I have read several books in this series of British Library Crime Classics and often I skip the Introduction until after I’ve read the book so eager am I to involve myself in the meat of the story. I’m not sure how fair that is to Martin Edwards who does such an incredible job with this series but in this latest collection from the Library each individual story is introduced by Mr. Edwards so I cannot escape him My experience is all the richer for it. Not merely en expert in his field Mr. Edwards demonstrates the love he has for this exciting genre. My acknowledgement of his work has been long overdue and I’m happy to redress the balance here.
This book is a fascinating and quite unique collection of vintage crime stories in translation very aptly called Foreign Bodies. As mentioned previously each story is accompanied by an introduction which puts the story into context and gives us some information about the author of each one. Each story is enriched and I am in no doubt that my reading was enhanced by these prefaces.
It’s like a chocolate box of crime tales, some with hard centres, some with soft but all extremely tasty. They are diverse both in terms of the crimes but also culturally, Credit to all the translators who have rendered these accessible to English speaking readers. It’s a veritable global plethora of vintage crime writing. They are rich historically as we have an opportunity to learn about various crime solving techniques. I am always struck by how cerebral crime solving was before all the advances in forensics and technology were widely used. That doesn’t alter whatever the location.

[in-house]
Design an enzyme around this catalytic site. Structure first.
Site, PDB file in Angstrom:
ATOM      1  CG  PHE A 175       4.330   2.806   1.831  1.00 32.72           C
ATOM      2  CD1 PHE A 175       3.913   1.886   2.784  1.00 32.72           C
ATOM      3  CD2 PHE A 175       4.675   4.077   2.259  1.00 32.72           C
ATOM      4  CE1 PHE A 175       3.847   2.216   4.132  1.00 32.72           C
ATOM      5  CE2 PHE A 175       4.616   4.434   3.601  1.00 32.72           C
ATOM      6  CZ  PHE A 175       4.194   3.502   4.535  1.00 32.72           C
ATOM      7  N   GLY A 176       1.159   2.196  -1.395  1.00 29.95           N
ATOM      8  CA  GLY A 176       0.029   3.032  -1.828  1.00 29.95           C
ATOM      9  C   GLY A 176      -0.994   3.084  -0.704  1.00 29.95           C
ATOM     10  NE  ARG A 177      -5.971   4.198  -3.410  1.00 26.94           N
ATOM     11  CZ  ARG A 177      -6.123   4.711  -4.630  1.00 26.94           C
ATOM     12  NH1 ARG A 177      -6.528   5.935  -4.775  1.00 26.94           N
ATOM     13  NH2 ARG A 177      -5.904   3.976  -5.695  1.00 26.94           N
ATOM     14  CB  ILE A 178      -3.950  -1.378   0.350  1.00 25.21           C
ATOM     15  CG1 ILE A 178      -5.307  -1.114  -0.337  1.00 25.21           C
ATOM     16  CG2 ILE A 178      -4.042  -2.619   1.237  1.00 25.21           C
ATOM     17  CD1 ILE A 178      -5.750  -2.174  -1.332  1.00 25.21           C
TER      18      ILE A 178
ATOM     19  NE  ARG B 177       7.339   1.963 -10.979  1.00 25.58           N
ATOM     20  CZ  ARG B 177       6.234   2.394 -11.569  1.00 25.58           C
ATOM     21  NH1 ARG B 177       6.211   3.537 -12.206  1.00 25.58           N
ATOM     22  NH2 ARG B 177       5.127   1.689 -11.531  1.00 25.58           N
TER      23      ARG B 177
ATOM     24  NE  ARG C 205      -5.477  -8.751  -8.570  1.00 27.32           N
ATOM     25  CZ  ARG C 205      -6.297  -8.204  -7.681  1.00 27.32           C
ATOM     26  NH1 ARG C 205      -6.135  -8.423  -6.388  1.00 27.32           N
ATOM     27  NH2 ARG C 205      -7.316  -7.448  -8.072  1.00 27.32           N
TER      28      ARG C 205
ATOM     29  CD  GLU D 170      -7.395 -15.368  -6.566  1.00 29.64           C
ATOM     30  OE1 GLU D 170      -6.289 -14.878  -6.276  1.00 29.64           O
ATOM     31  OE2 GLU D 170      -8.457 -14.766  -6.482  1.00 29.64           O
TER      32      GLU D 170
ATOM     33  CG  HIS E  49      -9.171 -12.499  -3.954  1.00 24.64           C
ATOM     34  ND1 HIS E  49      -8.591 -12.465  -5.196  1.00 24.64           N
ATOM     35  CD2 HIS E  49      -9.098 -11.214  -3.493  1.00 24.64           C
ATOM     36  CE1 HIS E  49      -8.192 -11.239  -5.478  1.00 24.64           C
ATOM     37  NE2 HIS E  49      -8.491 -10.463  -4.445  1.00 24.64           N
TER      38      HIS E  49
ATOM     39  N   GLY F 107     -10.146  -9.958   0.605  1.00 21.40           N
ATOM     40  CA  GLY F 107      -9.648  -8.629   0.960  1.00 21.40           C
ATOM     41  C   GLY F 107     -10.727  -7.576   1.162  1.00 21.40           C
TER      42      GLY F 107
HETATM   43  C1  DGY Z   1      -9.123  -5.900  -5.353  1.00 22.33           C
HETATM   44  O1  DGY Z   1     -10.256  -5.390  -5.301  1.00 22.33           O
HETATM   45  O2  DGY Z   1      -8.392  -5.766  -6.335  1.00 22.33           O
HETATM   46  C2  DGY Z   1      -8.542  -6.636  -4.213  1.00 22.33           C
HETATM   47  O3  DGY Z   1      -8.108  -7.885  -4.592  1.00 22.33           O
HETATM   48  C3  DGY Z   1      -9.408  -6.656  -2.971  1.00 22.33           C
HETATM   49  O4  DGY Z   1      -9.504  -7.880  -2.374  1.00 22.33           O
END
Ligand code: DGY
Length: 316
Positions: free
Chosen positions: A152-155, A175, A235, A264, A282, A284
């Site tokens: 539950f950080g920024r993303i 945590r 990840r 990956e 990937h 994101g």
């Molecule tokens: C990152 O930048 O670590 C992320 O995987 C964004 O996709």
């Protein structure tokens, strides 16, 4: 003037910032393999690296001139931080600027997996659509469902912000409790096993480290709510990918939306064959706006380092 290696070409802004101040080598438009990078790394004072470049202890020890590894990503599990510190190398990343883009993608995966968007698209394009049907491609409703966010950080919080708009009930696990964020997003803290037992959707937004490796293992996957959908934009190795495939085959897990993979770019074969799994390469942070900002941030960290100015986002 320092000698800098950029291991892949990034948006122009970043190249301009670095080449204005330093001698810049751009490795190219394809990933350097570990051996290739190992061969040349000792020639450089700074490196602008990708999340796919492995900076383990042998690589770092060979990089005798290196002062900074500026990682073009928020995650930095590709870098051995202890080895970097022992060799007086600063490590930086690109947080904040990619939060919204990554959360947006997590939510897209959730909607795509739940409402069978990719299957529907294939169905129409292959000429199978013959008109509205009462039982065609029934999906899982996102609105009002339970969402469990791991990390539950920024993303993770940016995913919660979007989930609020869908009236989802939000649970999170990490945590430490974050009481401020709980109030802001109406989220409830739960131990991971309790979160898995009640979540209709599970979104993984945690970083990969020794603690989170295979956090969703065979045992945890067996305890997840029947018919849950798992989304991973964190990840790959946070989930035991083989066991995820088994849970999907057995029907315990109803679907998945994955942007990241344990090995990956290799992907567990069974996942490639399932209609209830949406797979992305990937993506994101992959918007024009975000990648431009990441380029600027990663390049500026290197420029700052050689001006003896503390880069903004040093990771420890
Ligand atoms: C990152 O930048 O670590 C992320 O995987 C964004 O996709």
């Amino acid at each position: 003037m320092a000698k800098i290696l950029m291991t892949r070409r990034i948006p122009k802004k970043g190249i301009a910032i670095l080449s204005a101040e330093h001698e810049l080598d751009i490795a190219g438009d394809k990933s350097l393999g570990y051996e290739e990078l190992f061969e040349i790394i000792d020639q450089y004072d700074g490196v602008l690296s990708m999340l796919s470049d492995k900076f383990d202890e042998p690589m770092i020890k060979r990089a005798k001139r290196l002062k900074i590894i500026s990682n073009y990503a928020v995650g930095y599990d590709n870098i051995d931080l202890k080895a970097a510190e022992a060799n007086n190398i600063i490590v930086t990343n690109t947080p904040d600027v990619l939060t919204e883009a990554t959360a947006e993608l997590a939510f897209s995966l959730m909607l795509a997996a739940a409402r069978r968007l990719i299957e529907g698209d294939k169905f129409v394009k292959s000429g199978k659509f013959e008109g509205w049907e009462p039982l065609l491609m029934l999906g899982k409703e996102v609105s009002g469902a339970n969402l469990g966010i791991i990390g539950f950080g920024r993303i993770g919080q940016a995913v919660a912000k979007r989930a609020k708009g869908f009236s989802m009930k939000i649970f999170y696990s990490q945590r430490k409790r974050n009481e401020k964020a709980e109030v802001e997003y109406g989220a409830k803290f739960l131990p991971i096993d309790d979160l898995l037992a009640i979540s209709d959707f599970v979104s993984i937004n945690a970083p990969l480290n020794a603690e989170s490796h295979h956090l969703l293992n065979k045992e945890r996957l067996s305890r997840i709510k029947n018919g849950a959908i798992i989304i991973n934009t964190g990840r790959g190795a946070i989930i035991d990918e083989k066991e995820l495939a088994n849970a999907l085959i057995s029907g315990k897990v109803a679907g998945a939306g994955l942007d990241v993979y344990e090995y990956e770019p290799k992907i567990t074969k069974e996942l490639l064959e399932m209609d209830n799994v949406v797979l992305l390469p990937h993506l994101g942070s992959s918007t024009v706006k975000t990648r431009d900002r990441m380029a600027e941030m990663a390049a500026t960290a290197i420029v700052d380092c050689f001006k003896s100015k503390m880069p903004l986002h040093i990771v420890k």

I guess everyone who reads these will have their favourites but standout stories? For me I particularly. enjoyed ‘The Stage Box Murder’ with, what must have been quite unique for its time, its structure. Also ‘The Mystery of the Green Room’ paying homage to Leroux. But there wasn’t a weak tale in the whole of this anthology. Unless you are an arachnophobe. Maybe there’s a couple you might want to miss.